Tetsumi Kudo, Votre Portrait (1974)
At the opening press conference we learned how, inevitably, preparations for the triennale had been delayed and time and resources limited by the March earthquake. Some artists even decided to change their original plans and create work in response to the disaster. Given the logistical odds stacked against the triennale, the organizers did an impressive job in pulling the show together. In a concise statement that drew a round of applause during the conference, participating LA-based artist Koki Tanaka spoke about how, post-earthquake, it is more important than ever to value alternative attitudes and ways of thought, especially as mistrust of governments and corporations grows.
Garment from the Koichi Yomoto Collection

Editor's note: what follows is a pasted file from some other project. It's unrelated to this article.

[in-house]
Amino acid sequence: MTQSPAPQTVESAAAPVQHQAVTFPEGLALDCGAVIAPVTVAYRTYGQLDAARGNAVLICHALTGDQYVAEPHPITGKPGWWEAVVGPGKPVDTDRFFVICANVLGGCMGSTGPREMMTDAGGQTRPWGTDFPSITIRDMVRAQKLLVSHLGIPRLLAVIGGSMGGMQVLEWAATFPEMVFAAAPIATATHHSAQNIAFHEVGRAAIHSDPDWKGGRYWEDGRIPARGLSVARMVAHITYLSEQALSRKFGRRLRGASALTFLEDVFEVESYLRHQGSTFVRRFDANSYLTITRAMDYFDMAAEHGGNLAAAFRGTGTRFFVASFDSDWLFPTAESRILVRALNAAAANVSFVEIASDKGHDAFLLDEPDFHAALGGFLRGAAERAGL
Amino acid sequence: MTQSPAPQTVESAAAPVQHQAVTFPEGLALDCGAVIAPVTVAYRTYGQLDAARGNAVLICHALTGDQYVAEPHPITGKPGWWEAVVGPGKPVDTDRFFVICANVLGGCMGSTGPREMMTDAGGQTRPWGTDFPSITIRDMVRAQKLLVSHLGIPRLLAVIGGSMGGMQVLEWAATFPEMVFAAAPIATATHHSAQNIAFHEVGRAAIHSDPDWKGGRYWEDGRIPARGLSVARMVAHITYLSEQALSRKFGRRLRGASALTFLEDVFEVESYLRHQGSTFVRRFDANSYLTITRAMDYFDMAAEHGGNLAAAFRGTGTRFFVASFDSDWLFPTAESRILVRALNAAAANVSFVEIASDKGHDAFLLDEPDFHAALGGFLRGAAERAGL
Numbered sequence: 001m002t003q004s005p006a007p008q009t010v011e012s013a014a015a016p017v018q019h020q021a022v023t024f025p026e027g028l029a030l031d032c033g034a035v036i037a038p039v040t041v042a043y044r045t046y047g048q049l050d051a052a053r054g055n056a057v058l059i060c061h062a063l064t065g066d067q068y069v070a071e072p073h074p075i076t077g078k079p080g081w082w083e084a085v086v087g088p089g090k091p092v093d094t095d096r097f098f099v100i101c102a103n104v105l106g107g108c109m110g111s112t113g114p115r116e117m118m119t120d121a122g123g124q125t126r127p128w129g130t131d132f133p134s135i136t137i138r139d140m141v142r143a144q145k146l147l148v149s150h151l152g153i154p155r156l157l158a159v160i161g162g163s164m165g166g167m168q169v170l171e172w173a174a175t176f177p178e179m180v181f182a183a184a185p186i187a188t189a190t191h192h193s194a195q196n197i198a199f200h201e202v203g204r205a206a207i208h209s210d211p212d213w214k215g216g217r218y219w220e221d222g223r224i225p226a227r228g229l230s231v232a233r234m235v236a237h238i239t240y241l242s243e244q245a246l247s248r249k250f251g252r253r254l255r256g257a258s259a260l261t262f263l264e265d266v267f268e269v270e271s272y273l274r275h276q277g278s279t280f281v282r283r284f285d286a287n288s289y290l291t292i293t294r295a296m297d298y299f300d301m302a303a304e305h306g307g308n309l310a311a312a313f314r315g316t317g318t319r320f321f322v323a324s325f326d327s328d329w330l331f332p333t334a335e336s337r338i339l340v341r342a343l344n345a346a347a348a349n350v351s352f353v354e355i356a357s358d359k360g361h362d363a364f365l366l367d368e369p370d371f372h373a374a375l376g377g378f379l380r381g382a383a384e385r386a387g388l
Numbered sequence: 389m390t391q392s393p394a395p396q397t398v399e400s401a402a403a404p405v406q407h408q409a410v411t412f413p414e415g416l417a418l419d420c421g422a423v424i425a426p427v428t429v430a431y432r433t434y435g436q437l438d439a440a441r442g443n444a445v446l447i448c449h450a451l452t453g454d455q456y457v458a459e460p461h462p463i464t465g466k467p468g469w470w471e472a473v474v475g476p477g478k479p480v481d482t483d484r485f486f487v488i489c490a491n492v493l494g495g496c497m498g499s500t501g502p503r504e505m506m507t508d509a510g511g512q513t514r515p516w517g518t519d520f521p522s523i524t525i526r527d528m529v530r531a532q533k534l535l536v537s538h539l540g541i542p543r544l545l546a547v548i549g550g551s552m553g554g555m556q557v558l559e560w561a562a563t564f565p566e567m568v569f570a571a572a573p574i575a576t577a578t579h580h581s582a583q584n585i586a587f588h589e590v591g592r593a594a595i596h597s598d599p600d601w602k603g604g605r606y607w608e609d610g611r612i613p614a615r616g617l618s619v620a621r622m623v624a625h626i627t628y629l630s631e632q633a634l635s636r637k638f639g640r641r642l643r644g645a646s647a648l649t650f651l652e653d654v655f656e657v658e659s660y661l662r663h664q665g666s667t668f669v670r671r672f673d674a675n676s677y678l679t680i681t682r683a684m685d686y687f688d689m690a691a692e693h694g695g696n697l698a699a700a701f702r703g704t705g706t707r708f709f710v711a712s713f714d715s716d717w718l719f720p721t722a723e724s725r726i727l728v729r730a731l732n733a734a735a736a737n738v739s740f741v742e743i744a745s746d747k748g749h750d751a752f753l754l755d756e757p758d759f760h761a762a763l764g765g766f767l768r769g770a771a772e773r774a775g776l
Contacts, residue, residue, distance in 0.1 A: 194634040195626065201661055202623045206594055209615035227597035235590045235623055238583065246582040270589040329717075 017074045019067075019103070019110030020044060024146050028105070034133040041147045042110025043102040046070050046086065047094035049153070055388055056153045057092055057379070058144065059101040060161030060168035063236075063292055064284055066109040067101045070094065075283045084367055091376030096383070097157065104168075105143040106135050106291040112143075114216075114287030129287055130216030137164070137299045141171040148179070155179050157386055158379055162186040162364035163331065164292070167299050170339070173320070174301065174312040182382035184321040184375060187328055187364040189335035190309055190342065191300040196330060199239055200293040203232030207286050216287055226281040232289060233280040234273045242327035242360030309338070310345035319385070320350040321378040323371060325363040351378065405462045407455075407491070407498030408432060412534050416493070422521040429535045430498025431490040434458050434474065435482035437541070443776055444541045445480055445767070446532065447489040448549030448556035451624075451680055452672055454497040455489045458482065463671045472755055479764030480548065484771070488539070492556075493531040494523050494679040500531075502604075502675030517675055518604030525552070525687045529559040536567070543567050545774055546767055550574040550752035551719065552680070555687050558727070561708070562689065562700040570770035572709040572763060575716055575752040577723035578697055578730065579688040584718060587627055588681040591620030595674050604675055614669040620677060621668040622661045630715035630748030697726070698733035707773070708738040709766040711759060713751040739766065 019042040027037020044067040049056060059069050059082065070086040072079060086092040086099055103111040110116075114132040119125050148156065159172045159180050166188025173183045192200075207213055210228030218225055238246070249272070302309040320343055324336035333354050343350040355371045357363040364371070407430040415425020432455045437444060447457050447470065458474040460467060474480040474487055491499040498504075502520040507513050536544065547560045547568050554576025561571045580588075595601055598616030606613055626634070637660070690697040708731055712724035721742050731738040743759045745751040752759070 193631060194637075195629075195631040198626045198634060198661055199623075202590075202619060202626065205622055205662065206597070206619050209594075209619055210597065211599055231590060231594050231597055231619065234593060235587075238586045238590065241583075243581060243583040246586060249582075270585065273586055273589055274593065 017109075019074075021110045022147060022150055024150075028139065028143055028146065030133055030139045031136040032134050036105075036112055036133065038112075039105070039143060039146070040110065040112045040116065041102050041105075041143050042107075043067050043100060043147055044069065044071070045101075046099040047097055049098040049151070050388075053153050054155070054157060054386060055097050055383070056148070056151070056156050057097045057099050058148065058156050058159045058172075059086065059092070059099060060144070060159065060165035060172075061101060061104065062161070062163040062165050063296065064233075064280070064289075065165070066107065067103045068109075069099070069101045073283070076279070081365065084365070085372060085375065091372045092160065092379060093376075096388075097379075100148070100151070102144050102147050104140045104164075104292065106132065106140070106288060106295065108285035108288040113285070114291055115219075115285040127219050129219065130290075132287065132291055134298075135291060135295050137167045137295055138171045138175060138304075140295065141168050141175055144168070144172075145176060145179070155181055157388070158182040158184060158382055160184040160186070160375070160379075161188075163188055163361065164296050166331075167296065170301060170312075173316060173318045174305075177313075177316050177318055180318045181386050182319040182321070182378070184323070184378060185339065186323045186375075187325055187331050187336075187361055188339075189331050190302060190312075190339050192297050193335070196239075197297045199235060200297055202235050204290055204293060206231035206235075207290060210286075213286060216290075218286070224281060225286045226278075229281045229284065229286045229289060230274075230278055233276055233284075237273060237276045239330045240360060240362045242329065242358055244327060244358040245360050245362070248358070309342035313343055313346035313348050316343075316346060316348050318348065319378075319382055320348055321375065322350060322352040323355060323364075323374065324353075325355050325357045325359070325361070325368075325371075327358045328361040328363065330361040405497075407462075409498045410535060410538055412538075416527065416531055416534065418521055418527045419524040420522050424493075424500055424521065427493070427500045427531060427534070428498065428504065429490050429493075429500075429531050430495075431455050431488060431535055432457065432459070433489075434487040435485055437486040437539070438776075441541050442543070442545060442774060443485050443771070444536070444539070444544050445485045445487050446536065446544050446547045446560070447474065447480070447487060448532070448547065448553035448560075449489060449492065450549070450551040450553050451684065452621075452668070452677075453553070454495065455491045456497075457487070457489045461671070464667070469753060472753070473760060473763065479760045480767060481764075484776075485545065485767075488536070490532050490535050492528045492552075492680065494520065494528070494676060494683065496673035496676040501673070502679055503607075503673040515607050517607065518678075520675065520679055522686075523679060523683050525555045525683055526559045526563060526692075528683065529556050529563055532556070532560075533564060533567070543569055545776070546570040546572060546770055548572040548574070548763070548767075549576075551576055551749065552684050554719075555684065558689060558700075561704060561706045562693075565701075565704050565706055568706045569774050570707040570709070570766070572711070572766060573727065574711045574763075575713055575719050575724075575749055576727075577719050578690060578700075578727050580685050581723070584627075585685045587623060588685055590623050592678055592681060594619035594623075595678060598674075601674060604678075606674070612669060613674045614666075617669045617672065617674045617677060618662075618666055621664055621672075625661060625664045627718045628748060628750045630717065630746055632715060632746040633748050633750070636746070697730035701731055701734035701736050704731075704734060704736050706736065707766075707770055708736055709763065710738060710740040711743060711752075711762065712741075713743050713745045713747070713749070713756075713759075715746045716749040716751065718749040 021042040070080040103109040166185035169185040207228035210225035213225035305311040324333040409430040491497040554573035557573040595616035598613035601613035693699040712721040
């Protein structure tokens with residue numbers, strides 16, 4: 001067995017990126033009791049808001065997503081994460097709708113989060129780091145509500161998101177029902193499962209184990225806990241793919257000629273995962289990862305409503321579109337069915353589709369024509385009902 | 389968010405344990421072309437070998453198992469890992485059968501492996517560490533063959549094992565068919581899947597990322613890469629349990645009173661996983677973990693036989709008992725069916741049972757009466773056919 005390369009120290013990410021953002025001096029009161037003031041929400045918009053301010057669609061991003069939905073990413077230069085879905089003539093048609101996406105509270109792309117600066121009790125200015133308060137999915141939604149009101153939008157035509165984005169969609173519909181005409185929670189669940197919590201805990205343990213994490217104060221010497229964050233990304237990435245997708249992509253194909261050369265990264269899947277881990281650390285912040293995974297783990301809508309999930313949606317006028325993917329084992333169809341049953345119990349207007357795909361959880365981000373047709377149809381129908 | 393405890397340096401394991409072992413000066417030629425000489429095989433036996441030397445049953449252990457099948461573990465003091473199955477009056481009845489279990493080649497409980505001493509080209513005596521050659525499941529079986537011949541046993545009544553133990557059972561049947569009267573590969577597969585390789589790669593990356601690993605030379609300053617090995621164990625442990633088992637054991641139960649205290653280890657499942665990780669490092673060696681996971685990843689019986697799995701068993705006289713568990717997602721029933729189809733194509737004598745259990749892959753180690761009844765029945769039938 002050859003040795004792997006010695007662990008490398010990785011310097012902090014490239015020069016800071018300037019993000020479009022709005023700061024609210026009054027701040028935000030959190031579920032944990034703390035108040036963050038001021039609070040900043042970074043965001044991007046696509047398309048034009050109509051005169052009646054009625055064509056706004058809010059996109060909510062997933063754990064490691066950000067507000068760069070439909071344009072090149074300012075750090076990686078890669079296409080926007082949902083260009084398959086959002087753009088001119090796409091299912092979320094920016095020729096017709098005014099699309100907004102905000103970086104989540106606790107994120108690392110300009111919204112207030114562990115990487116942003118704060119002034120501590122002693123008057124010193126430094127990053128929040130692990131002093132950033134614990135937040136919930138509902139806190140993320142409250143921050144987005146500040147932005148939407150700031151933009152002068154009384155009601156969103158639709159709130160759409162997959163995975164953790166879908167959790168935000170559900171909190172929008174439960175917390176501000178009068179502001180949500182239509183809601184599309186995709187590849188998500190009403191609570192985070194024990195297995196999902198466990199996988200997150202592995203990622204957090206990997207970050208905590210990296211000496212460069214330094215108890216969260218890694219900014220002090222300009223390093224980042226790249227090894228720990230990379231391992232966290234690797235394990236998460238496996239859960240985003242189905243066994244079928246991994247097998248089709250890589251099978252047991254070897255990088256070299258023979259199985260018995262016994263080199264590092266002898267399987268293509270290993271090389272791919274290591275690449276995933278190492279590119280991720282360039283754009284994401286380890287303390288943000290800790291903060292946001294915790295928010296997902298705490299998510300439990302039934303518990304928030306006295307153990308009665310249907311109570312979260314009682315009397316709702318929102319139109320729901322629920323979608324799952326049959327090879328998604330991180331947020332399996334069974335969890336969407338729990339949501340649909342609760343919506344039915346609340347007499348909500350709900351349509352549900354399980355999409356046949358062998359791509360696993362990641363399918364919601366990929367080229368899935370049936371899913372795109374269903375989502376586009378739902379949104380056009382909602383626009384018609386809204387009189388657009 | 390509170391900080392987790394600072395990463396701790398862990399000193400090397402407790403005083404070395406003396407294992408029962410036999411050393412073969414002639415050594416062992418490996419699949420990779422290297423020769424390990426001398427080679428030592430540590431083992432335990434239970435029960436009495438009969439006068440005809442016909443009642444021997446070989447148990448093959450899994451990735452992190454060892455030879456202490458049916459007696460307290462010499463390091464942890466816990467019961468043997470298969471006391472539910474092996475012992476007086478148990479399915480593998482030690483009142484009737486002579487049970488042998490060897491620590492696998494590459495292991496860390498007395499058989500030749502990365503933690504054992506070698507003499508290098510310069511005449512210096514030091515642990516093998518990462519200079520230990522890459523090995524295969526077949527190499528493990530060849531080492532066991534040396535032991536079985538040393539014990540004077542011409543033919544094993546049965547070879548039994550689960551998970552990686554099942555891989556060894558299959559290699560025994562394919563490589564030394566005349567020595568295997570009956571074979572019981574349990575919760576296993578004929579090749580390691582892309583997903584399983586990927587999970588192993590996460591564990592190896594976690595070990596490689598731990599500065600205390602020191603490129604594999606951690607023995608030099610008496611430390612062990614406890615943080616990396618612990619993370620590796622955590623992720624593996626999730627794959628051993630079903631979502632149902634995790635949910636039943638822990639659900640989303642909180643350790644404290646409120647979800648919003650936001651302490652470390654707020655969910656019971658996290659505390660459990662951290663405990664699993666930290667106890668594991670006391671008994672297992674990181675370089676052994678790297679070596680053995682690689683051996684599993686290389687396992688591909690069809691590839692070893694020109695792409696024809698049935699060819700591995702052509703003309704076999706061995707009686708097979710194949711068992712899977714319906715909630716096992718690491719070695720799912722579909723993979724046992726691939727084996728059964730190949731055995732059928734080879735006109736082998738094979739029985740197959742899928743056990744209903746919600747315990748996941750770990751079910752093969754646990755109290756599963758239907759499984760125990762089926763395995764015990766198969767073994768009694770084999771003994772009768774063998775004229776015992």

I have to admit I found it hard to follow the thematic threads of the exhibition, beyond identifying a loosely surrealist tone to the selected works (literally so in the case of the Rene Magritte and Paul Delvaux works selected from the museum’s collection). However, there was much to enjoy. A full review of the triennale by Amelia Groom will appear in the November/December edition of frieze, but my personal checklist of highlights would include: Koki Tanaka’s installation featuring a maze of crates, museum paraphernalia and TV monitors playing his low-key Fluxus-esque performances; Keichi Tanaami’s wild, funny and entirely trippy 1970s animations; a set of traditional ukiyo-e woodblock prints by Kuniyoshi Utagawa depicting dancing figures with cherries for heads (which, bizarrely, put me in mind of both Henri Matisse and The Residents) and a 1974 sculpture from Tetsumi Kudo’s series ‘Votre Portrait’ – an anguished-looking wax head in a luminously coloured hamster cage, with various orchid-like forms scattered around it. (It is said that the head depicts playwright Eugene Ionescu.) Massimo Bartolini’s Organi (Organs, 2008) – a huge pipe organ made from scaffolding tubes – played a limpid musical phrase by John Cage, a plaintive accompaniment to a nearby set of objects and images curated by Hiroshi Sugimoto. Next to this was an absorbing collection of items from the Koichi Yomoto Collection, depicting the yokai (Japanese ghost) in Japanese visual art and design, from traditional old prints to painting, fabric design and sci-fi monster movies. At NYK Waterfront Warehouse, Henrik Hakansson’s Fallen Forest (2006)– a large cluster of tropical plants tipped so they are growing horizontally outwards – was physically impressive and poignant in light of the idea of tectonic plates literally shifting beneath us. Apichatpong Weerasethakul’s PRIMITIVE (2009) installation of video vignettes loosely following villagers in the Thai border town of Nabua village (the site of clashes between Thai government and Maoist forces from the 1960s to the ‘80s) trying to build a spaceship was compelling; its atmosphere generated from a haunted zone somewhere between dreamy, the everyday and casual. Jan Nguyen-Hatsushiba scrapped his initial plans for the show and made a thoughtful new project, in which a number of volunteers run along routes that, when traced on a map, form the shape of a sakura flower (also known as cherry blossoms) – a symbol of human life and transience in Japan. Ugo Rondinone’s big dumb monster sculptures (_moonrise. east. march_, 2005) in the public plaza in front of the museum were a big hit, especially with children. (And the children were right – they were funny.) Christian Marclay’s now ubiquitous video work The Clock (2010), was unable to be screened 24 hours a day due to power shortages.